Linda L. Huff

Huff & Huff Inc.
BSChE '70

[Linda L. Huff]

For her outstanding contributions to environmental engineering practice, her service to the engineering profession, and her qualities as a role model for future engineers and entrepreneurs, the Schools of Engineering are proud to present the Distinguished Engineering Alumna Award to Linda L. Huff.

On Choosing Engineering

When I was in high school in Columbus, Ohio, I was intrigued with engineering because everyone said it would be difficult. It's funny that a big part of the vocational aptitude test for engineering included putting washers on a stick. Luckily, chemical engineering did not require that skill. I always liked challenges, and I loved math and science, especially chemistry.

I picked Purdue because of its reputation. I was taken aback when I realized I was the only female in my class in chemical engineering. My classmates were a wonderful group of guys, though, and all of us were judged on our ability. The professors were terrific. My husband, Jim [BSChE '70, MSE '71], and I both think that Purdue provided us an excellent education.

On running for political office

In 1978 I went to the Cook County Republican Party and offered to run for the Metropolitan Water Reclamation District of Greater Chicago Board of Commissioners. I can't believe I did that—I pushed myself beyond what I was comfortable with. During the campaign, I had to walk up to strangers, introduce myself, and convince them in about 60 seconds to vote for me. I even had to be in a fashion show! Along the way, I learned a lot about how the political process works and how important communication is, on a mass basis and a person-to-person basis. I lost the race, but the experience strengthened my confidence.

On owning her own company

I didn't expect to found a company. I was working for the U.S. Environmental Protection Agency while my husband worked as an environmental engineer for Mobil Oil. We found ourselves in meetings on the opposite sides of the table, and we finally decided we should get together as environmental engineers. If we ever wanted to work together, starting our own company was the only way to go!

People thought we were crazy starting our own company—we had just two clients. But it was the best decision we've ever made. Owning our own company allowed us both to actively raise our children, from birth through high school. I was Room Mom, Brownie leader, and soccer coach and yet maintained a career. Without starting our own company, there is no way we both could have been so active in the family while maintaining a career.

On upcoming challenges

Professionally, the environmental market continues in a state of flux, with many consolidations and acquisitions. As a “niche” firm, maintaining a reputation within Illinois as an innovative, top-quality firm has to be balanced against growth. Now we have to decide whether to stay a firm of 20 people or to expand. Where do we want to be ten years from now? How do we continue to evolve and serve our clients' needs?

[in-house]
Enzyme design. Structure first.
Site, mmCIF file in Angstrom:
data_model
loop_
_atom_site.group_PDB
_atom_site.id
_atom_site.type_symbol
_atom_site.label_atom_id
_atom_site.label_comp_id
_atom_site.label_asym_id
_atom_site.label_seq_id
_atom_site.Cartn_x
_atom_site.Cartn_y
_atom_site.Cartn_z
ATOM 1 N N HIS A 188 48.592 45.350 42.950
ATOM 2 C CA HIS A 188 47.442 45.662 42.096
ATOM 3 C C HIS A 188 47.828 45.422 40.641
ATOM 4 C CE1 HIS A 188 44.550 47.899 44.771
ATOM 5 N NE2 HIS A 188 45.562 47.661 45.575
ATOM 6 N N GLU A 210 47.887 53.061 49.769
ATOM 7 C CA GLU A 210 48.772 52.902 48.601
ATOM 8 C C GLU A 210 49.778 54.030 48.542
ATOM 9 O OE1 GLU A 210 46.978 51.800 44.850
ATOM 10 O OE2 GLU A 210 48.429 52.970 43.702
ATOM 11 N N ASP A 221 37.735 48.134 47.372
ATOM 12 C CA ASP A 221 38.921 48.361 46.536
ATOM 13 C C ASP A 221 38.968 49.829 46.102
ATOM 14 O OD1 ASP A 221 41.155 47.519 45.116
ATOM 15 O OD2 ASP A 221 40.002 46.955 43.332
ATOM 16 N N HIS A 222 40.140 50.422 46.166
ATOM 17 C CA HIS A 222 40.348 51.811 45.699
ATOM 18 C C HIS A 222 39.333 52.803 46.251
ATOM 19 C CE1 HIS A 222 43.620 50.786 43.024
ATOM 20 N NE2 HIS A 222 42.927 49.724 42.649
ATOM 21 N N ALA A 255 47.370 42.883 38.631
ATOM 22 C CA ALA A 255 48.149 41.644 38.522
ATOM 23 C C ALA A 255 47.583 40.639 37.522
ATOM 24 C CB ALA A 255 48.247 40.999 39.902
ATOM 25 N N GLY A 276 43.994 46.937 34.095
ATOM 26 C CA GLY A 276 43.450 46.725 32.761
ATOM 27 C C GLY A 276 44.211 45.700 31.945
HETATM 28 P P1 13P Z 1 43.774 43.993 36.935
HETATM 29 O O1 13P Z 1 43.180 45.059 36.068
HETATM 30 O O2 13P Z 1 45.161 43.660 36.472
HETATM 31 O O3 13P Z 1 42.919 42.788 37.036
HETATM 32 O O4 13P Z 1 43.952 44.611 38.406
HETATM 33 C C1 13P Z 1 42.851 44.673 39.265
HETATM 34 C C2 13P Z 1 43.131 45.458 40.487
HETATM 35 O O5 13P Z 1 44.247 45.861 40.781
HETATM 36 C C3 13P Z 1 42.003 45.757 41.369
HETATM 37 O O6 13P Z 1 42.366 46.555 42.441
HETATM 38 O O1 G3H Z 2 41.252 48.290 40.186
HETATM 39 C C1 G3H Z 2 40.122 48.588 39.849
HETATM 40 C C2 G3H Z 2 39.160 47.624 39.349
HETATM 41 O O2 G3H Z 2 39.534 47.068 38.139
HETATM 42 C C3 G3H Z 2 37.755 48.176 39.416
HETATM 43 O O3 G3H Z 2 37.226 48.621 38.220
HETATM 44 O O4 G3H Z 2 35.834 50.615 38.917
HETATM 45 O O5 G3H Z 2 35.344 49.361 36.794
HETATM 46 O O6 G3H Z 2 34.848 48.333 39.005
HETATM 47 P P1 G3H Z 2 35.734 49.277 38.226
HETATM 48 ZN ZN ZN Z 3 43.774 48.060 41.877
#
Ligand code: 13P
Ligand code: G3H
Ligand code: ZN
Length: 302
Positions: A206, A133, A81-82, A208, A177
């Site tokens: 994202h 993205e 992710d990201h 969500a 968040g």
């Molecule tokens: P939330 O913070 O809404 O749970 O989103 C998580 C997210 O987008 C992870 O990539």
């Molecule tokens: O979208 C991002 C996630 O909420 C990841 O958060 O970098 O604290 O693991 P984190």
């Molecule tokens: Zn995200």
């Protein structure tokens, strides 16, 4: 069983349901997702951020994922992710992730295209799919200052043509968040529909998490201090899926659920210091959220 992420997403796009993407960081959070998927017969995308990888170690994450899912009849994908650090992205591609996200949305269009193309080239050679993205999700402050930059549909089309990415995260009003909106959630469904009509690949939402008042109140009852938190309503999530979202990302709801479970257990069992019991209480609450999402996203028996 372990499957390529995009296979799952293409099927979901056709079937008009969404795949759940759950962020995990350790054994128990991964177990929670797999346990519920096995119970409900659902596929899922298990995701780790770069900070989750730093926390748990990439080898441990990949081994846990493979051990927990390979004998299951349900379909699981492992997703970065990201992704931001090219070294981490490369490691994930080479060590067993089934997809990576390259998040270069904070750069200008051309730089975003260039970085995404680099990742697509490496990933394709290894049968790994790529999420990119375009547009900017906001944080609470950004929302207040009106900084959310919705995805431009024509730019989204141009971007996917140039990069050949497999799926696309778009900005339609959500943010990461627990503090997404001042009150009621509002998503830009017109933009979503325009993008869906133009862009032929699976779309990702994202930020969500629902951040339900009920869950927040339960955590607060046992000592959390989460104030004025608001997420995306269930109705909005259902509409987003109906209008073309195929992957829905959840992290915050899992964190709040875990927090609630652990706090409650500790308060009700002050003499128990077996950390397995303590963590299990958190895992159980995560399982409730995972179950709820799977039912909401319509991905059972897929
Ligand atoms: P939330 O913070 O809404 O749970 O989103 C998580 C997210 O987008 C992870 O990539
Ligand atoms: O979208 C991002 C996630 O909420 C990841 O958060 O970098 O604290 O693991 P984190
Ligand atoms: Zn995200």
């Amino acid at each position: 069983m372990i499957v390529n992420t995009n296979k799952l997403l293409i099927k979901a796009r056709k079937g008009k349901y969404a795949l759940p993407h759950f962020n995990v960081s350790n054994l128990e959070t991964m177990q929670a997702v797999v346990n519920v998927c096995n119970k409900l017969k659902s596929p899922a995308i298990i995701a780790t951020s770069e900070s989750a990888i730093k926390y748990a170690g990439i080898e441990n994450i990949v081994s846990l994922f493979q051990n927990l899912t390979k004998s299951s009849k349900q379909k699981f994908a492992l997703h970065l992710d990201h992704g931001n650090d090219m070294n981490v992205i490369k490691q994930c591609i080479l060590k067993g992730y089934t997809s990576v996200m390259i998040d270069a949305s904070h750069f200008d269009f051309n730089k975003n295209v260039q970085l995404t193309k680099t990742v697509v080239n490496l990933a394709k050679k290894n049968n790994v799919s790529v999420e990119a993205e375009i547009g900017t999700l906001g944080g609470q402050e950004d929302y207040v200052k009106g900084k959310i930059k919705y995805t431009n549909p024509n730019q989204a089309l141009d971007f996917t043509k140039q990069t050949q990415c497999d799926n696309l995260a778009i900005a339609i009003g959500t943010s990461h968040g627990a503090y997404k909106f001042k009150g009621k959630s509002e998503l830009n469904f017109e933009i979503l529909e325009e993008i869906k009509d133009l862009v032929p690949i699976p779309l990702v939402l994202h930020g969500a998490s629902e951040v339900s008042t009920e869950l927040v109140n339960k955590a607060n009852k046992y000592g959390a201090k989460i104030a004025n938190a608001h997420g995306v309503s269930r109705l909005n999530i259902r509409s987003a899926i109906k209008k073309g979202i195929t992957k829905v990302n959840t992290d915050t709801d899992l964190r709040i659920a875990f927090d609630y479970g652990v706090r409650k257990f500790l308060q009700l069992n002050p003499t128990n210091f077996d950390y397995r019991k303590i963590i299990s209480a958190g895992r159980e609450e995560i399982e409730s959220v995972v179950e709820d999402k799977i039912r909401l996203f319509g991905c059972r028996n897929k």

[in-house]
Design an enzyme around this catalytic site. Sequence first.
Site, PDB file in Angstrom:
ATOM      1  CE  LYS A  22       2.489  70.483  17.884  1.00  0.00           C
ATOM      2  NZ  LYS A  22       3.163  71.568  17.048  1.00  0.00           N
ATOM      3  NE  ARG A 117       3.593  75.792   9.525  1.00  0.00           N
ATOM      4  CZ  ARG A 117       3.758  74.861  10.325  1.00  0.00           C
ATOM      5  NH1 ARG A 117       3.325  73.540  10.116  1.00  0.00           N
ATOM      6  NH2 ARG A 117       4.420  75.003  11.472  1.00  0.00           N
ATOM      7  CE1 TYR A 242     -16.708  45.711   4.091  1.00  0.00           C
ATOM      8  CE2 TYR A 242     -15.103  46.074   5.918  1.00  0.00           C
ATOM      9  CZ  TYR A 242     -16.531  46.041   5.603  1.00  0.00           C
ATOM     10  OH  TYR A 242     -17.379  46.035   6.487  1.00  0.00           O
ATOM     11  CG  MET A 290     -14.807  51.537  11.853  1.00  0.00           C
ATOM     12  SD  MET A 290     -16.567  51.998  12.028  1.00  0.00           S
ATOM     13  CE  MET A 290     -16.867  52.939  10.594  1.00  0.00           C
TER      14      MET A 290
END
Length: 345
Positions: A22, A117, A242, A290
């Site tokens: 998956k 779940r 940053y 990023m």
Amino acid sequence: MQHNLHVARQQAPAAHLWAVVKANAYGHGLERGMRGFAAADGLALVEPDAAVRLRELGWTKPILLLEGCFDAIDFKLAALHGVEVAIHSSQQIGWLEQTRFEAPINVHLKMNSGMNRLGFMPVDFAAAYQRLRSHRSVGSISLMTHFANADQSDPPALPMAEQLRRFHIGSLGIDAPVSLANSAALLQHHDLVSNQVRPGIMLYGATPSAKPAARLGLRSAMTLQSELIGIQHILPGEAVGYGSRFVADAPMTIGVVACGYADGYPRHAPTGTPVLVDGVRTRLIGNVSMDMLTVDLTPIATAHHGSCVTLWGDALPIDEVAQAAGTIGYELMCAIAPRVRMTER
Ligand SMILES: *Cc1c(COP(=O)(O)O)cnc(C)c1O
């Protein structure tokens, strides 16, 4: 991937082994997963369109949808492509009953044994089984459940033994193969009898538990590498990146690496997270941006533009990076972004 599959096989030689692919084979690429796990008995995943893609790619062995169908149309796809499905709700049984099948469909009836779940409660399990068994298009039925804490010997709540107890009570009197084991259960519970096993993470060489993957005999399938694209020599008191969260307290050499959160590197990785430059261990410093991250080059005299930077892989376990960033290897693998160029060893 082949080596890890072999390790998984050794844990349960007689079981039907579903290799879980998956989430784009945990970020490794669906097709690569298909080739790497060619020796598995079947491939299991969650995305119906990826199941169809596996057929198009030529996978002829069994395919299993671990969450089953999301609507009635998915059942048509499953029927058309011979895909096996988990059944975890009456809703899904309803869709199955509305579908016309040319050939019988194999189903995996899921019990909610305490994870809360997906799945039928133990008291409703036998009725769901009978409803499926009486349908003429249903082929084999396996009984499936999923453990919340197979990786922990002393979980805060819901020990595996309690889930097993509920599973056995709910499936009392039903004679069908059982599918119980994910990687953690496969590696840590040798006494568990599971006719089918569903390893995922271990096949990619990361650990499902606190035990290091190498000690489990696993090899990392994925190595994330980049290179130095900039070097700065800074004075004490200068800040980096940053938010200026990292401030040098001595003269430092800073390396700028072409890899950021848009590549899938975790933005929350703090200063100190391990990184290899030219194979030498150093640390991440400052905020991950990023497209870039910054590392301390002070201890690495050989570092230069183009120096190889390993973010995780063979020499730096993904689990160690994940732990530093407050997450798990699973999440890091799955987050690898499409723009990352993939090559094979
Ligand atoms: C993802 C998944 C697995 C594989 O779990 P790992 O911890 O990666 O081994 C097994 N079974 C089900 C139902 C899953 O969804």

On service to her profession

I'm involved in various organizations to give back to engineering some of the blessings that I've had. I was the first woman president of the Consulting Engineers Council of Illinois, and I'm one of two female national directors [out of 50] of the American Consulting Engineers Council. My focus also is on improving the image of the engineer. As a member of ACEC's public relations committee, I see how important it is for society in general and students in particular to see the value of the engineering profession. I would also like to see more women business owners, as consulting is a perfect field.

On engineering education

People expect engineers to solve technical problems and be able to communicate what they're doing. Experience in technical writing and public speaking is important—also economics, which is such a powerful underlying force in whatever sector you're working in. Incorporating additional liberal arts subjects makes a person more versatile. You learn a little bit in college, and then you graduate and start learning all over again. The ability to continue to learn is key.

National Director, American Consulting Engineers Council
President, Consulting Engineering Council of Illinois
1995 & '99:
Distinguished Service Award, President of Consulting Engineers Council of Illinois
Outstanding Chemical Engineer, Purdue University
President, Salt Creek Chapter of Illinois Society of Professional Engineers
1979– :
President, Huff & Huff
Candidate, Republican Nominee for Metropolitan Water Reclamation District of Greater Chicago Board of Commissioners
Consultant, Environmental Consulting
Chemical Engineering Department, IIT Research Institute
Chemical Engineer, Food Products R&D, Procter & Gamble
BSChE '70, Purdue University; MBA '75, University of Chicago